Immunotherapy is an exciting new option for aggressive head and neck cancers and, in combination with radiation, may even help patients who resist immune checkpoint blockade, said panelists at a symposium October 8, 2018, at the AAO–HNS Annual Meeting in Atlanta. The Korean Society of Otorhinolaryngology-Head and Neck Surgery and the Korean American Otolaryngology Society co-sponsored the symposium.
Explore this issue:November 2018
Cancer Treatment’s New Frontier
“Immunotherapy is based on the idea that when cancer cells develop, they undergo mutations, which then change the expression of the surface antigens of tumor cells sufficiently enough so the immune system can now recognize the tumor cells as foreign entities, and can mount an immune reaction to them,” said Seungwon Kim, MD, associate professor in the department of otolaryngology at the University of Pittsburgh Medical Center (UPMC).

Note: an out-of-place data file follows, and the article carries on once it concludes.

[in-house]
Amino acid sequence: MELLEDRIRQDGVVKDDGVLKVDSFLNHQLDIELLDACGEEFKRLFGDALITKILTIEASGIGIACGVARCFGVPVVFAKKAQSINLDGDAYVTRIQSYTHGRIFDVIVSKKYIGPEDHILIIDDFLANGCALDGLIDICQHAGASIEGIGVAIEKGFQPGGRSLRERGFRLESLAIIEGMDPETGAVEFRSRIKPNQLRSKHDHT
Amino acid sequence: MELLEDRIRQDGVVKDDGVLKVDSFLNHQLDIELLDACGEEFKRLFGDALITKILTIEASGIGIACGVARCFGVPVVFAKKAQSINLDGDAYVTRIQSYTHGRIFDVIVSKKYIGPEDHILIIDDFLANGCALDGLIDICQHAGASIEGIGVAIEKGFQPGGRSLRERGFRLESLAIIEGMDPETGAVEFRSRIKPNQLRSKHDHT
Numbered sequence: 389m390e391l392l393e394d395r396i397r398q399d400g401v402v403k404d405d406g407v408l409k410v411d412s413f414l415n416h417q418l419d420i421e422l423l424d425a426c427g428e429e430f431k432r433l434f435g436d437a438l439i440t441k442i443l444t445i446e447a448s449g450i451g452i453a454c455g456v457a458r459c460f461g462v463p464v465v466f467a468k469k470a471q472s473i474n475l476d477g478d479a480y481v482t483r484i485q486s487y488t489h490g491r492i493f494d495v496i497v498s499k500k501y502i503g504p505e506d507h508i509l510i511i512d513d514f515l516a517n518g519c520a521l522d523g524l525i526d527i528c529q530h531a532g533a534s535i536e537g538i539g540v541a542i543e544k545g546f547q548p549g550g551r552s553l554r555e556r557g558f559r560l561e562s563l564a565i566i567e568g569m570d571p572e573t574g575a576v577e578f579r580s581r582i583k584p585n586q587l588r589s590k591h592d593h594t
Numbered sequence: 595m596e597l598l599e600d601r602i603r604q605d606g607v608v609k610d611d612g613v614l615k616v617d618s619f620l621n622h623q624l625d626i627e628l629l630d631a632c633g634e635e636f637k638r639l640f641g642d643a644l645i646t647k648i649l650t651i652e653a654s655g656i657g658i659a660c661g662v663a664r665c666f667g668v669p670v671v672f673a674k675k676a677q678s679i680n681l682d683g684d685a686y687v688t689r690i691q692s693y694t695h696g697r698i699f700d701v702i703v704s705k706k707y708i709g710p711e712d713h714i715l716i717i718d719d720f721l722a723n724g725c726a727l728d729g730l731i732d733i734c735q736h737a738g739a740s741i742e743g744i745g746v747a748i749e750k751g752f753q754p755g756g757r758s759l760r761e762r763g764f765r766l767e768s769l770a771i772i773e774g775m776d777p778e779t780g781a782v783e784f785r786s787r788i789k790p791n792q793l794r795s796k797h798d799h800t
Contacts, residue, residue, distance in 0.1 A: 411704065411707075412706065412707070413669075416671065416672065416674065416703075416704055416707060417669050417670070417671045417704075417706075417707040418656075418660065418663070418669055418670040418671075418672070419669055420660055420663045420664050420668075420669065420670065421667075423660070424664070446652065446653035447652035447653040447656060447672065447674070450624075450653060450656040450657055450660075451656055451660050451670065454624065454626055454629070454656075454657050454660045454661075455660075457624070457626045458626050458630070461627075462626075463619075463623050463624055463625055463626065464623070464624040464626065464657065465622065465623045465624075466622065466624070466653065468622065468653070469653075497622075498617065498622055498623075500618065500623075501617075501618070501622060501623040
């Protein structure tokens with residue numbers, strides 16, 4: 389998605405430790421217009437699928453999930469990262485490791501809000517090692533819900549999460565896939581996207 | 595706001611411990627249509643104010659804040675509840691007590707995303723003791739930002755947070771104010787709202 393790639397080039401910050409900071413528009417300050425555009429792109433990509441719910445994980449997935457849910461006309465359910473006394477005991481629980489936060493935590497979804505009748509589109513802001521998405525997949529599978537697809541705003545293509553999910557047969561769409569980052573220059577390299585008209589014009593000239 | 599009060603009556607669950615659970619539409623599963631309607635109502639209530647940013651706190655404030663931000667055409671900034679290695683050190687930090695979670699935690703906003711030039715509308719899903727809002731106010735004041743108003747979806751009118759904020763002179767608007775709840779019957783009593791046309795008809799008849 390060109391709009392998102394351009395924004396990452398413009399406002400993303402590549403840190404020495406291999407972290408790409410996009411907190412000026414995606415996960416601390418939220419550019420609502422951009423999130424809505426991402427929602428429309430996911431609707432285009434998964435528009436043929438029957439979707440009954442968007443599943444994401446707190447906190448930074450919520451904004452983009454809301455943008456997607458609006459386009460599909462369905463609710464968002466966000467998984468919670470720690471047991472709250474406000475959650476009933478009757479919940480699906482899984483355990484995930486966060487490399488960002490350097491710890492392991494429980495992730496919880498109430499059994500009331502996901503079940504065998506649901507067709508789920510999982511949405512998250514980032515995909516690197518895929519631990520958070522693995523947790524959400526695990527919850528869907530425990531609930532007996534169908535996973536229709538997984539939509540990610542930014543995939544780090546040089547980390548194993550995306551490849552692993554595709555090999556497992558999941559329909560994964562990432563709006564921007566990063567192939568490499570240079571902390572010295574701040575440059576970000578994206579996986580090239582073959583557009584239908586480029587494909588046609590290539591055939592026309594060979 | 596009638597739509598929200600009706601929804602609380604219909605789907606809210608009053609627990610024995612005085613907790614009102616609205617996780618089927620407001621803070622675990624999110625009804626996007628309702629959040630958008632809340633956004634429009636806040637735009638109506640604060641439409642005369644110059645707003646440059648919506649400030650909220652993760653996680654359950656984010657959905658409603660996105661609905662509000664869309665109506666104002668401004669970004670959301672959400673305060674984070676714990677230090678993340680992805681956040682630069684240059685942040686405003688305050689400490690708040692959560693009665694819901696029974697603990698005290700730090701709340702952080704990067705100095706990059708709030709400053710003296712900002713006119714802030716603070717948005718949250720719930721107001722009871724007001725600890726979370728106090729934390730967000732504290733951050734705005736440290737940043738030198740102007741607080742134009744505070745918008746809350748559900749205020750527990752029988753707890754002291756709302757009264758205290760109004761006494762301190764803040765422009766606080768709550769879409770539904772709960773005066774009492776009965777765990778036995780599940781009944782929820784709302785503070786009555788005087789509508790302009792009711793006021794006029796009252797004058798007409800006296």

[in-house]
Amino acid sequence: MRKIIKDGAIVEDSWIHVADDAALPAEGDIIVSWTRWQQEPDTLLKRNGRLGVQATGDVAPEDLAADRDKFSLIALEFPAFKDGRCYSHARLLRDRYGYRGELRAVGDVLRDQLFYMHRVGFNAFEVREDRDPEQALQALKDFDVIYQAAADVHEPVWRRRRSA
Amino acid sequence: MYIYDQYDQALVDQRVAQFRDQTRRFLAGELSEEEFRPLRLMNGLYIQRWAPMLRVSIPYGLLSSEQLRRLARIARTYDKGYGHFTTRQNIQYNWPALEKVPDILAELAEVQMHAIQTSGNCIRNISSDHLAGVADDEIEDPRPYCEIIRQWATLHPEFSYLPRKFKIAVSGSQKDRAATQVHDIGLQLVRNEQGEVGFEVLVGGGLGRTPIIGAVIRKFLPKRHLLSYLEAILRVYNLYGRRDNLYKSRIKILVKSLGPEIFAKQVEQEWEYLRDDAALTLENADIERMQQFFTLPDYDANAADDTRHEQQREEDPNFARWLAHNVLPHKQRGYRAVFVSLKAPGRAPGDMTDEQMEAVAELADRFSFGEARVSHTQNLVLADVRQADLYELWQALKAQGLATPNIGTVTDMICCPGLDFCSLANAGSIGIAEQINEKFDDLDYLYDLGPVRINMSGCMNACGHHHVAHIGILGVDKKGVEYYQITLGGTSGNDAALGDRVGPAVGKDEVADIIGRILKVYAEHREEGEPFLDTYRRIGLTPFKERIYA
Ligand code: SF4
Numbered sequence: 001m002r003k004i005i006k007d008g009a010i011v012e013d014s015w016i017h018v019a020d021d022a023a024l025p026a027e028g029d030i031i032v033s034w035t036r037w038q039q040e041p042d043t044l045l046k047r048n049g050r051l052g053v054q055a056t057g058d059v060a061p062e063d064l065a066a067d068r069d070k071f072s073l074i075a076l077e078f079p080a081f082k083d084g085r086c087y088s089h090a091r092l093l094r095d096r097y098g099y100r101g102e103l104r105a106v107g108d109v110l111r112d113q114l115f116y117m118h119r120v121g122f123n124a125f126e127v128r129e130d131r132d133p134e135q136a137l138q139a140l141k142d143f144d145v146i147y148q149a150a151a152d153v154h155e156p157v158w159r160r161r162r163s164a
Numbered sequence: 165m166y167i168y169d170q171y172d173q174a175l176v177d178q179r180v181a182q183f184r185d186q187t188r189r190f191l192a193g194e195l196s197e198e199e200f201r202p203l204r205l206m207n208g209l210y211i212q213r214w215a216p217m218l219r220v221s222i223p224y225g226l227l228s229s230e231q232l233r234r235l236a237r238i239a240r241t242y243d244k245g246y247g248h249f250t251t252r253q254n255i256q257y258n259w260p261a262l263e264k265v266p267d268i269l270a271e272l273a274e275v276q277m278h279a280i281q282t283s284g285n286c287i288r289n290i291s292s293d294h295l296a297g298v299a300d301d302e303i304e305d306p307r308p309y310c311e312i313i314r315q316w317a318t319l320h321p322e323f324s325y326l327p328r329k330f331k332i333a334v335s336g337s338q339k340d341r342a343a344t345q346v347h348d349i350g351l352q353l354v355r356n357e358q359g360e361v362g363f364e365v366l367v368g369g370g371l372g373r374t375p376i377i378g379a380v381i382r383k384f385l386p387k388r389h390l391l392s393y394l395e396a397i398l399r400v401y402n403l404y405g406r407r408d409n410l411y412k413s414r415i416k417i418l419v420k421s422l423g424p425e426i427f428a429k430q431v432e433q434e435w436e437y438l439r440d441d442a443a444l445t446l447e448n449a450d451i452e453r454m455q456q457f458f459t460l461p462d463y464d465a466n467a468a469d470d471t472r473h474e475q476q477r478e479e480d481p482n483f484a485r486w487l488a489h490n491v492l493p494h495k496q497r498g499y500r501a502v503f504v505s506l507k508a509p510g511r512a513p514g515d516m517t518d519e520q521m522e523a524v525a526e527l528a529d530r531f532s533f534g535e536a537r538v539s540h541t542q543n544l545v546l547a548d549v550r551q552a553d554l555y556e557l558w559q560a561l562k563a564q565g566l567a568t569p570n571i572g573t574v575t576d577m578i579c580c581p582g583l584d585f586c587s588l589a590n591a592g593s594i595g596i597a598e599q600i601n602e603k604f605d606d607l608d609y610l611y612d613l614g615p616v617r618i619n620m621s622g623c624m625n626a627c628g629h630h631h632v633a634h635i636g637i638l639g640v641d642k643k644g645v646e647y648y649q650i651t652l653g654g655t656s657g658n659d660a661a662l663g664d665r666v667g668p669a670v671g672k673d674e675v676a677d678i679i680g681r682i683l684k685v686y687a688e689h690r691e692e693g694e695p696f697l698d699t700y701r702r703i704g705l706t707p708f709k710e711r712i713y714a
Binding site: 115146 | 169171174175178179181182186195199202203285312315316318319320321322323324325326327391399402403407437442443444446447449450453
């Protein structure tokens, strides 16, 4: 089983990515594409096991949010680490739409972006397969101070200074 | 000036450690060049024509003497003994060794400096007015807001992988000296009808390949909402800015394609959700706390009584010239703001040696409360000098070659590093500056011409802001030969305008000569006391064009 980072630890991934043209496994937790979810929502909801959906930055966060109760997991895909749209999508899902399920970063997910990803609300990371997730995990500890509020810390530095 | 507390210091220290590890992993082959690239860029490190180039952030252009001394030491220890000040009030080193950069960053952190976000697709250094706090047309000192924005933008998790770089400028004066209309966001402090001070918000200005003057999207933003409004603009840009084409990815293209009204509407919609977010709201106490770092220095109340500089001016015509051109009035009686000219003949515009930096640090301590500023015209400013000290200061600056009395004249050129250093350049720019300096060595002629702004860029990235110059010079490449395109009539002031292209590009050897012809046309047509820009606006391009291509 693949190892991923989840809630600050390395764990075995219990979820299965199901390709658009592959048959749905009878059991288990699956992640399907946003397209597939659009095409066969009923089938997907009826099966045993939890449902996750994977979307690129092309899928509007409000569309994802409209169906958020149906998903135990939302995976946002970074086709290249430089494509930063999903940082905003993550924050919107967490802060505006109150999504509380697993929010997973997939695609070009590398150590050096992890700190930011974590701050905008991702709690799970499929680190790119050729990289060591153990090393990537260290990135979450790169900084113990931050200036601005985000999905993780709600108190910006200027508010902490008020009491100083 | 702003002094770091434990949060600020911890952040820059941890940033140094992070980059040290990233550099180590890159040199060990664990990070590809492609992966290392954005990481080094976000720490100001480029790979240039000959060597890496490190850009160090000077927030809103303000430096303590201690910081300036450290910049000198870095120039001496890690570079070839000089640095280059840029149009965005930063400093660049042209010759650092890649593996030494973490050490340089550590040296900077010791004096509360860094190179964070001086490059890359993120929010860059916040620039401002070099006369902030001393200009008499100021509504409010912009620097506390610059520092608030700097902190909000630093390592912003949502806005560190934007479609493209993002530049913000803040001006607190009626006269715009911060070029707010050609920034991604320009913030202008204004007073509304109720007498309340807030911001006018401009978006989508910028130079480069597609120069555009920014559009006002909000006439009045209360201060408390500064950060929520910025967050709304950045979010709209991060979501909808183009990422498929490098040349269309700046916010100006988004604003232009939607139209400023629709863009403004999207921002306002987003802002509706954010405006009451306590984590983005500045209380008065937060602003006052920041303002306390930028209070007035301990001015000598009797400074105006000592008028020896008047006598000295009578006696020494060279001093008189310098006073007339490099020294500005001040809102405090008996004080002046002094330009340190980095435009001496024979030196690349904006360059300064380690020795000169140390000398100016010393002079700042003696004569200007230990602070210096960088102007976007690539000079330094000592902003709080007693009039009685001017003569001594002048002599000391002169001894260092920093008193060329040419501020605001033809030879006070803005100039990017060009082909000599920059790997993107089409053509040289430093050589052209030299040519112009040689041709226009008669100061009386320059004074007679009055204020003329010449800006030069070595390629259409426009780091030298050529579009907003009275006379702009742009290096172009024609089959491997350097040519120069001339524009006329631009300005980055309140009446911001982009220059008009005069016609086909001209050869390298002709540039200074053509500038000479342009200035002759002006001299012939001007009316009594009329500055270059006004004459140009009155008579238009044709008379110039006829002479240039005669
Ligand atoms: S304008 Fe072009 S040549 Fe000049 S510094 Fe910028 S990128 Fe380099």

The programmed-death ligand (PD-1/PD-L1) pathway is essential in immunotherapy. The immune system mounts an inflammatory response to infection or what it perceives as foreign invaders. Cells present antigens via the major histocompatibility complex (MHC), which then bind to receptors on T cells.